^On the plus side, Urban Grind reopened their downtown store, there’s a new coffee shop coming to the old Vagabond spot, and you can still get Bold Bean at Bellwether, Seattle's Best at Brick, and coffee/tea at Chamblins. Last I heard, Vagabond is still planning to open their downtown flagship in the Barnett post-demic when the foot traffic returns. And if you’re really jonesing for Starbucks, there’s always the Hyatt. And, VyStar will have speciality coffee from Martin on tap as part of the new Bread and Board marketplace.

Agree though that a Starbucks proper would be a fantastic get for DT Jax, less because of a need more coffee and more from a perception perspective. Laura Street would be my preference. Either adjacent to the park as part of MOCA (the MOCA cafe shut down last week) or in one of the main llbrary’s retail spaces (opened up to the sidewalk). Would be so nice to have an active space fronting Hemming Park and those sidewalks are wide enough to accommodate lots of outdoor seating. 

Spending what we need to spend to get that retail space reconfigured (and the retail space in the office towers that Lake always talks about), getting the Trio going, and continuing to invest in James Weldon Park (still no new signage or new uniforms for the staff) would do more to jumpstart our downtown, at a much faster speed, at a much lower cost, than anything at the sports complex.
I never realised there was a Starbucks in the Hyatt? Is it an actual Starbucks or do they just stock Starbucks products at their breakfast offerings, convenience/vending options or the like?

Edit: Another google search.....seemingly they do serve a limited Starbucks menu offering within their Market restaurant.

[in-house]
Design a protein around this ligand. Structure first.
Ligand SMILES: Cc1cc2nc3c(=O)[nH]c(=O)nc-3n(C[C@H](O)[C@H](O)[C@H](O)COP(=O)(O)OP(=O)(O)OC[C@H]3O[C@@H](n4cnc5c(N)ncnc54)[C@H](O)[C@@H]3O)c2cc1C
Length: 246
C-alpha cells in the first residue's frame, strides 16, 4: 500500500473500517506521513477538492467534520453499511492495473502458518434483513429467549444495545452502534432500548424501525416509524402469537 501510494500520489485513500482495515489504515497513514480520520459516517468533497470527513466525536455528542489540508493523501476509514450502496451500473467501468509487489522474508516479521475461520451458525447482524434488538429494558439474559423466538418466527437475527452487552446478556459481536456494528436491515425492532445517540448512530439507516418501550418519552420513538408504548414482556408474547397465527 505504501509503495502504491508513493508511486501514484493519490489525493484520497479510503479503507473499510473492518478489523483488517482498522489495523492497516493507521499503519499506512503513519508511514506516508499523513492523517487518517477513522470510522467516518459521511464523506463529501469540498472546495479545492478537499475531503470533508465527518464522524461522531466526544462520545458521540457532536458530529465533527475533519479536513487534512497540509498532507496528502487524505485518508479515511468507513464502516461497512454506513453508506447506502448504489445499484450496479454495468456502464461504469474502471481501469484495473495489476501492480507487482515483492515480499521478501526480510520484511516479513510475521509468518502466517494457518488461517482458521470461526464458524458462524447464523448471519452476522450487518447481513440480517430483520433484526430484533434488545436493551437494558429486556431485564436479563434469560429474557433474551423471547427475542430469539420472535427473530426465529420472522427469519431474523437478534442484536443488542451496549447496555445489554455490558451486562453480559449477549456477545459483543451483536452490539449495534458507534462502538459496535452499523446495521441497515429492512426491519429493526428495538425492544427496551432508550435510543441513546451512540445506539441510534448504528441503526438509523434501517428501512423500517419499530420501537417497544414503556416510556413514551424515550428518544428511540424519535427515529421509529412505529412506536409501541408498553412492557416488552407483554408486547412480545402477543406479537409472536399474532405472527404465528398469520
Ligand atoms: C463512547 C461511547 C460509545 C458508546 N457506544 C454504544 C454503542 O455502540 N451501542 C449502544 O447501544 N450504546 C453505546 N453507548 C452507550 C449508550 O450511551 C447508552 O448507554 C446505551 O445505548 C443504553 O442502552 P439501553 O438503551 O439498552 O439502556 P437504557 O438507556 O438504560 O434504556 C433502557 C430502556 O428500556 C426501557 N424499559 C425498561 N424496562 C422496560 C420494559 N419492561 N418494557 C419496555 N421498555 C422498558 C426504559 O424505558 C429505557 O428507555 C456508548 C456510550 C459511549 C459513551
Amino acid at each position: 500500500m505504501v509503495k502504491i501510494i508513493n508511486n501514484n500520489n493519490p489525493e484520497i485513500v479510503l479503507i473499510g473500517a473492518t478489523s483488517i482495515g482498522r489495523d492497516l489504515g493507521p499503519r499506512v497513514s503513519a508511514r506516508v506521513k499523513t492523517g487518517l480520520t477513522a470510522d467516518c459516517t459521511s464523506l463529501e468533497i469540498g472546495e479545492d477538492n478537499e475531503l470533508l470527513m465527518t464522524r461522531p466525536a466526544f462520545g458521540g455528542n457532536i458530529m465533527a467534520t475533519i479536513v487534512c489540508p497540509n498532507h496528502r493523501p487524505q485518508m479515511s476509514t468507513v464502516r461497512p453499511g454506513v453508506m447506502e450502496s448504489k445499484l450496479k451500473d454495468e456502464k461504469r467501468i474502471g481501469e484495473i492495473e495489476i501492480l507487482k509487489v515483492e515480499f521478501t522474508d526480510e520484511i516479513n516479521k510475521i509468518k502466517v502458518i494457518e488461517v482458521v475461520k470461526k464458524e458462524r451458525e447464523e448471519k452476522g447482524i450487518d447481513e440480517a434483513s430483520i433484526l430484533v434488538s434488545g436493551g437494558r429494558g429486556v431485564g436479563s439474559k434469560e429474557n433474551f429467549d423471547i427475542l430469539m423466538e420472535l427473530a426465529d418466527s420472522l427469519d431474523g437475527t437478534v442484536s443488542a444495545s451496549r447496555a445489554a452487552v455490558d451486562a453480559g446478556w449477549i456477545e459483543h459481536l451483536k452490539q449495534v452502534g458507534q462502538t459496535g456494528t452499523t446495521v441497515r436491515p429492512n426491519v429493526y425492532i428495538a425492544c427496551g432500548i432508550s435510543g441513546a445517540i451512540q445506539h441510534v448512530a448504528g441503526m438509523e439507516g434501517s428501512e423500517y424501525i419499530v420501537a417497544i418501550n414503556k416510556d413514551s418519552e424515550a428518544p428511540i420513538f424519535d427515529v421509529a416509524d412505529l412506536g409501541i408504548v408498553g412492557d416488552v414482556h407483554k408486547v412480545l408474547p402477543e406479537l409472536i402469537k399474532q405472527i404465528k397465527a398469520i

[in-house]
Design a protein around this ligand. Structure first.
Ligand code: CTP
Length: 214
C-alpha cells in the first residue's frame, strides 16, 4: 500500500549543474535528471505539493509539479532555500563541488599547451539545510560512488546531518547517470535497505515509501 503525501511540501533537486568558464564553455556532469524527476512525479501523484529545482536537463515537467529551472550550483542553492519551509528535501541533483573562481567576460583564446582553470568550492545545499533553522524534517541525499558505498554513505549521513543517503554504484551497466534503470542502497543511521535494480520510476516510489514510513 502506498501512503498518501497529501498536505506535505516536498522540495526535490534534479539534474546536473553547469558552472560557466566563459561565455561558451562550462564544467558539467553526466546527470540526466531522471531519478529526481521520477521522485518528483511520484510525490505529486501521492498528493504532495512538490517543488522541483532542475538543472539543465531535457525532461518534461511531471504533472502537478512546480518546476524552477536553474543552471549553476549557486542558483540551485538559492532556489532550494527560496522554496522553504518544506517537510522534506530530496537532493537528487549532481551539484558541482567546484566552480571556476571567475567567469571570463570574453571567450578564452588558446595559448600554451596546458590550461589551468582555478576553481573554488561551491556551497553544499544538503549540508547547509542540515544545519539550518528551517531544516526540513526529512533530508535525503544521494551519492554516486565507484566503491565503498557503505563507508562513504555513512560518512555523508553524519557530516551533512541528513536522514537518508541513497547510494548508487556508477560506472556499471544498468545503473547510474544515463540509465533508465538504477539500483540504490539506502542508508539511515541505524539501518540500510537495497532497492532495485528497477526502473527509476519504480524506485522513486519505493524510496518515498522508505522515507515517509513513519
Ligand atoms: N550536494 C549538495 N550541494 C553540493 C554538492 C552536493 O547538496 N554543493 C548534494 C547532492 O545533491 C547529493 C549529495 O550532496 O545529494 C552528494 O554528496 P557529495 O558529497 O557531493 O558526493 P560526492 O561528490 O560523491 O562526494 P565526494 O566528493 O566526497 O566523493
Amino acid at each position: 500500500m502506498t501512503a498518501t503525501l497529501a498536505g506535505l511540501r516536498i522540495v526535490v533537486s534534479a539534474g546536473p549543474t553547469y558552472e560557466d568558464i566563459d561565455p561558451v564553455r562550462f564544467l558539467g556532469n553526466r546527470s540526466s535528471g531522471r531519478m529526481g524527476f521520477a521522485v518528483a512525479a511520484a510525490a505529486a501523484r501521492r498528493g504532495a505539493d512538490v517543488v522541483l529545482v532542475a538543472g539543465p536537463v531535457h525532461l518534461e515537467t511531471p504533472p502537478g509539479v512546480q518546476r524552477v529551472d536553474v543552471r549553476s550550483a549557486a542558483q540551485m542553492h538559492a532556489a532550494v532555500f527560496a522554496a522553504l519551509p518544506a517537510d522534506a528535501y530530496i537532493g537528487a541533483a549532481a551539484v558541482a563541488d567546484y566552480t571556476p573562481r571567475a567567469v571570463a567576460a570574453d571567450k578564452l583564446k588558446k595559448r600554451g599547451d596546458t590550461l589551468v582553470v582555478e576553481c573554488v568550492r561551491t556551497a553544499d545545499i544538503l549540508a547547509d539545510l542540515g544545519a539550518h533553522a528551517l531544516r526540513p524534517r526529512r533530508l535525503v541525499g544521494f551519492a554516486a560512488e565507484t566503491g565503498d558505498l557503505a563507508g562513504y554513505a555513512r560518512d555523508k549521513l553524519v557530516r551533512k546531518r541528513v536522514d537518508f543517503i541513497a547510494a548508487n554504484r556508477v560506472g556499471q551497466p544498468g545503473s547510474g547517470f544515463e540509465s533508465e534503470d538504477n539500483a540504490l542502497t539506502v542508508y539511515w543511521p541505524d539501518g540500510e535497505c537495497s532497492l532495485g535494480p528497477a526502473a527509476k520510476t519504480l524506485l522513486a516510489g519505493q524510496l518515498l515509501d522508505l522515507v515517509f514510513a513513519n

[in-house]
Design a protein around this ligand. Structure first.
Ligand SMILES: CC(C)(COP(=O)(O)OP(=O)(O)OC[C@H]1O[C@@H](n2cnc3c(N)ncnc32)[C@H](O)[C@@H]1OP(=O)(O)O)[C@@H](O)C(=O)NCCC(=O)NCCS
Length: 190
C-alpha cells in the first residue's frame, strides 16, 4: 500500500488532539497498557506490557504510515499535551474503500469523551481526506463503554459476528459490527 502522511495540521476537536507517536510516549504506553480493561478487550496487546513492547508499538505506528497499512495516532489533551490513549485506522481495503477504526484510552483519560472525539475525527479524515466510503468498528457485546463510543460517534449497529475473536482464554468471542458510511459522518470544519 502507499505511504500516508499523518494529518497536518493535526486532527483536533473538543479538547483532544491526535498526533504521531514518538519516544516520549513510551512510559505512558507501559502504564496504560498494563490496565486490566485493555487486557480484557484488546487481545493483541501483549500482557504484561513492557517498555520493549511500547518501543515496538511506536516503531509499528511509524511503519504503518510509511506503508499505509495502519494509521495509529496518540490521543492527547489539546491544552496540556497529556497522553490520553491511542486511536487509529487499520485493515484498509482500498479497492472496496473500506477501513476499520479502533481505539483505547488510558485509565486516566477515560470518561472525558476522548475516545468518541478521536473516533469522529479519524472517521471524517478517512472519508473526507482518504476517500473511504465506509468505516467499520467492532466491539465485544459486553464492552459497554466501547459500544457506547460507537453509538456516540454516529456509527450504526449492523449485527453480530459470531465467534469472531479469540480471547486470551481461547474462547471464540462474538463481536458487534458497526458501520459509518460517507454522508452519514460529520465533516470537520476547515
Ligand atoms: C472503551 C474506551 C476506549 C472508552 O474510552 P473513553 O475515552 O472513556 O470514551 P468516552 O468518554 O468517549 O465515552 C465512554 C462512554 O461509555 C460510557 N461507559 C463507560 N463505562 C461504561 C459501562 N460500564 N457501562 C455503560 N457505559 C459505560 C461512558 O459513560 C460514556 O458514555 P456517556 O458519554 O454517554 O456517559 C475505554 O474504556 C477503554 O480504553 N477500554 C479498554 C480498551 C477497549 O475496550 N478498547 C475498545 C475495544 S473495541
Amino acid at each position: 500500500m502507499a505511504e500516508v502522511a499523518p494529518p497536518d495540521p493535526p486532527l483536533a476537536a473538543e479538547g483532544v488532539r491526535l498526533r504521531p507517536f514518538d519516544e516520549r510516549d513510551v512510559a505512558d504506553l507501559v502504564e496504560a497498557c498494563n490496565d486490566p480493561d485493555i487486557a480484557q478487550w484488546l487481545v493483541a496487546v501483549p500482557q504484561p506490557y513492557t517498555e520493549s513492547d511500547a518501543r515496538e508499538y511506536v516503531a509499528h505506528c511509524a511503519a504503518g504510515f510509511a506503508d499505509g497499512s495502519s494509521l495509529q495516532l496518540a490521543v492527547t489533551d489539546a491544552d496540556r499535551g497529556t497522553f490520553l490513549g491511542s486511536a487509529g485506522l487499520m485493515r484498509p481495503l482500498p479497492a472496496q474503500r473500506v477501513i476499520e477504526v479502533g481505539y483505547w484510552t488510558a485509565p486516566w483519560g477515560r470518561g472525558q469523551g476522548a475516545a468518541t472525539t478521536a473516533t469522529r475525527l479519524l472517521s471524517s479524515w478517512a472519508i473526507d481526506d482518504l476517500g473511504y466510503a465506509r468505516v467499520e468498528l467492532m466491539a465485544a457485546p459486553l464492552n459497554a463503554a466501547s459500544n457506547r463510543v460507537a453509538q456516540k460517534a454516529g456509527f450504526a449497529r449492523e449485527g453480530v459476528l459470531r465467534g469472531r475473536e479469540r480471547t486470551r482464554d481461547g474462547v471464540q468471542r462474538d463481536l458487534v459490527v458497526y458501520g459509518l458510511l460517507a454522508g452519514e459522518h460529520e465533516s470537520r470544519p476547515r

« Last Edit: November 22, 2020, 11:54:13 AM by landfall »

thelakelander

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Re: America's Largest Cities Without A Downtown Starbucks
« Reply #56 on: November 22, 2020, 01:33:53 PM »
Perhaps another example of a building where the ground level spaces need to be better integrated into the sidewalks surrounding it or at least have some permanent outdoor signing and seating. What was an easy win and apparently a big miss with the Coastline Drive project as better integrating  the Morton's space into the riverwalk. If there's a Starbucks (or anything else in these hotels that also accepts non hotel guest's money), they need to be better exposed to the street. It seems a lot of focus is on big ticket things that will take years and a lot of money to happen. We'd get so much further, cheaper and quicker, if there was some extra emphasis on the little things that maximize the businesses and amenities already in operation.
« Last Edit: November 22, 2020, 01:35:32 PM by thelakelander »
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marcuscnelson

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Re: America's Largest Cities Without A Downtown Starbucks
« Reply #57 on: November 22, 2020, 04:40:17 PM »
Morton's opened in 2017. Coastline Drive has somehow been going since 2015. That aside, absolutely true. I imagine it's one of the things that would be greatly improved by a well-developed master plan, with standards for street-facing public spaces.

It's been said before that our city is addicted to "game-changer" projects. No one wants to focus on getting the basic fundamentals right, because they're always chasing the next game-changer.
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thelakelander

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Re: America's Largest Cities Without A Downtown Starbucks
« Reply #58 on: November 22, 2020, 05:37:16 PM »
There's been a restaurant in the Morton's space since the hotel opened nearly 20 years ago. It may have been closed in 2015 but if we were planning to have a more vibrant riverwalk, that's a spot we should have treated differently. The new riverwalk is really uninspiring along Market Street. 
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marcuscnelson

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Re: America's Largest Cities Without A Downtown Starbucks
« Reply #59 on: November 22, 2020, 06:40:35 PM »
Fair point. I suppose a master plan for the riverfront would have covered that, but of course, Jacksonville.
So, to the young people fighting in this movement for change, here is my charge: march in the streets, protest, run for school committee or city council or the state legislature. And win. - Ed Markey